Nottingham’s music scene continues to amaze!

I suppose there will be some people who have never even heard of The Maze music venue on Mansfield Road in Nottingham. For those of us familiar with it, it seems to have been around forever. In fact its current period of success began in 2007 after surviving a proposal to convert the building into student flats.

Thousands of commuters using Mansfield Road will only see it as The Forest Tavern, an ordinary looking pub at the top of the hill close to the Forest cemetery.

I recall visiting The Forest Tavern some years ago in the later stages of a pub crawl. Ordering a pint of Budweiser for a friend, the chap behind the bar quite rightly pointed out that they served Budvar the Czech beer and not “that American shit”. Whilst he poured my pint of a less well travelled Castle Rock beer, I told my friend that if he wanted to drink ‘American shit’ we would have to go elsewhere.

It is strange how moments like that make you connect to a place. From that moment over 10 years ago, I felt I belonged there; if only for its honesty.

As its website proclaims; “a traditionally British public house integrated with a European style relaxed Bavarian bar”, whatever that means.

Less controversially, it introduces The Maze as having “in recent years become somewhat of a legendary venue” hosting “underground club nights, alternative band nights as well as dabbling in theatre, comedy and poetry”

Anyone stood relaxing at the ‘Bavarian bar’ will get a glimpse of the music venue at the back of the building. In fact there is a vantage point that actually gives a view of the stage itself. During sell out shows this vantage point can change hands for sometimes as much as a pint of Budvar.

This brings me to a recent sold out show on a bitterly cold Thursday night in January.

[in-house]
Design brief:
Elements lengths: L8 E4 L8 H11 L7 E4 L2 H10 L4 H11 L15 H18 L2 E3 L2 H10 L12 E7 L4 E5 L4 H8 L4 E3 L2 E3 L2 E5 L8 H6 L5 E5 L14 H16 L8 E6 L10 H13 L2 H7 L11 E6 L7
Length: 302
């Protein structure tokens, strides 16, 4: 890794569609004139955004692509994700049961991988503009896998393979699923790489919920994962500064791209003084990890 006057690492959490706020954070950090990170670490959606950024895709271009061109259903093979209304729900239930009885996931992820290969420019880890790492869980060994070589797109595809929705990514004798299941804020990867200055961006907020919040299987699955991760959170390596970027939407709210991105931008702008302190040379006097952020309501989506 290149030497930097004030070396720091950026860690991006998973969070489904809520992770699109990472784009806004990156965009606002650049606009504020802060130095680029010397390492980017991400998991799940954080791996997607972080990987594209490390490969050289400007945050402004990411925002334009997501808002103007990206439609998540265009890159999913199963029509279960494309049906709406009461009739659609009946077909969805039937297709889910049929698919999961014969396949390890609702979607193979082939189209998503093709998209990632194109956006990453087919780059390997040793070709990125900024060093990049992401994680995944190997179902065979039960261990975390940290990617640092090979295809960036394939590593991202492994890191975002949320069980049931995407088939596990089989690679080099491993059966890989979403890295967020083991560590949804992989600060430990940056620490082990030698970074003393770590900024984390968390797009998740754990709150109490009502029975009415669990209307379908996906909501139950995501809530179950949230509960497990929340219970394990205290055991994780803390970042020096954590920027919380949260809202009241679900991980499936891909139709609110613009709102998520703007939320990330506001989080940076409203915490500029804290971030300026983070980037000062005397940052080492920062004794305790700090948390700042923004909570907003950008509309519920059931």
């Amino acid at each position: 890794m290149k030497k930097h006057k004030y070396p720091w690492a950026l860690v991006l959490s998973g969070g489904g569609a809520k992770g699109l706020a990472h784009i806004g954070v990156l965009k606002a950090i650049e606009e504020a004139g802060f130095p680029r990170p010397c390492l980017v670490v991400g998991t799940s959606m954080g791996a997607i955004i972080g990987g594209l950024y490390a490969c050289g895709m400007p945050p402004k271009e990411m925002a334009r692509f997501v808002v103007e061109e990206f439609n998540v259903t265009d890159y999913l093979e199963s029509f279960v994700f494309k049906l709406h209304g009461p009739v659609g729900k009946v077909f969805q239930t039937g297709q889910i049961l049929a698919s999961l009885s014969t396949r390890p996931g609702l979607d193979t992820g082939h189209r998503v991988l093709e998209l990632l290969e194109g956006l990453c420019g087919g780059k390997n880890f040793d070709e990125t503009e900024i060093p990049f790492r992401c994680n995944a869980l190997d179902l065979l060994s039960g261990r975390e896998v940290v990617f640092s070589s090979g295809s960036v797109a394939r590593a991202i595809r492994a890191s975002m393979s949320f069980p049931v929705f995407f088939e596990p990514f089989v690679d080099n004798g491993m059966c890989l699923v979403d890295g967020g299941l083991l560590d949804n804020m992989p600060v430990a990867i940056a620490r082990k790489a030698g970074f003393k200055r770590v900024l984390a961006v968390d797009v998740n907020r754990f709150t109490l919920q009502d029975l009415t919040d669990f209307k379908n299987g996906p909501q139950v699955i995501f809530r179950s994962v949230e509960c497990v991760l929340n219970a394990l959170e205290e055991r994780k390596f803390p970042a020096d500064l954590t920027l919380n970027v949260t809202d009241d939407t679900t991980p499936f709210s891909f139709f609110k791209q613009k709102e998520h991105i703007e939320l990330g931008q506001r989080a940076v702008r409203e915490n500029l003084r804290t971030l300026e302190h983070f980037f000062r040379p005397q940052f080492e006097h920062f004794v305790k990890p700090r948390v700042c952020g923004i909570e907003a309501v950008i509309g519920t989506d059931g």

A friend had invited me to see the main act, House of Thieves. With three bands in support and at £5 in advance, I arrived with The Mocking Jays already playing to a sizeable crowd in the 220 capacity main room. Those that attend gigs will know that even in sold out shows, the support acts do not necessarily have an attentive audience.

But this night had been set up superbly. Good ticket management, all the bands ready to play with minimal changeover time, and the merchandise desk and banners leaving us in no doubt whose gig this was. The event on social media stated “This will be a fantastic night with fantastic support”. They were right.

The Mocking Jays are a youthful 4 piece band that had enough energy and charisma to get people dancing, another rarity for support acts. The Mocking Jays looked the part too.

Next up were Silver Stags, a three piece guitar band plus lead singer. The drummer and two guitarists looked the part even before they had started to perform. Looking more like international stadium rockers, their first number was quite probably, deliberately understated. A clever ploy that allowed the audience to work out the front-man, who it has to be said, had the appearance of someone on a ‘stag do’ who had got up on stage for a bet! An imposing looking chap wearing a plain shirt and jumper and pint in hand, sneering and scowling as he disdainfully delivered his lyrics. This visual mismatch was in fact quality rock and roll with a punk edge.

By now the crowd was close to capacity and even closer to the realisation that this event was in fact an evening of music festival quality.

Turrentine Jones raised the atmosphere another notch with their infectious indie blues. In contrast to the culture clash of the Silver Stags the drummer and pianist sat back and allowed the vocalist and guitarist to take the limelight and produce another charismatic performance behind his retro style microphone.

And so, onto possibly the East Midlands’ next best thing. Turning a venue known for its ‘honesty’ into a House of Thieves. A storming performance from a band that have not been around for long but are getting noticed on the back of their live performances. Each member stamping their authority on stage; but channeling everything into producing the atmosphere for the lead vocalist to implore his audience with what can only be described as a megaphone of a voice!

“Lyrics that cut deep” indeed.

If I ever get chance to see this line up again, whether it be at an Arena venue, I’ll be happy to drink whatever “American shit” is going.

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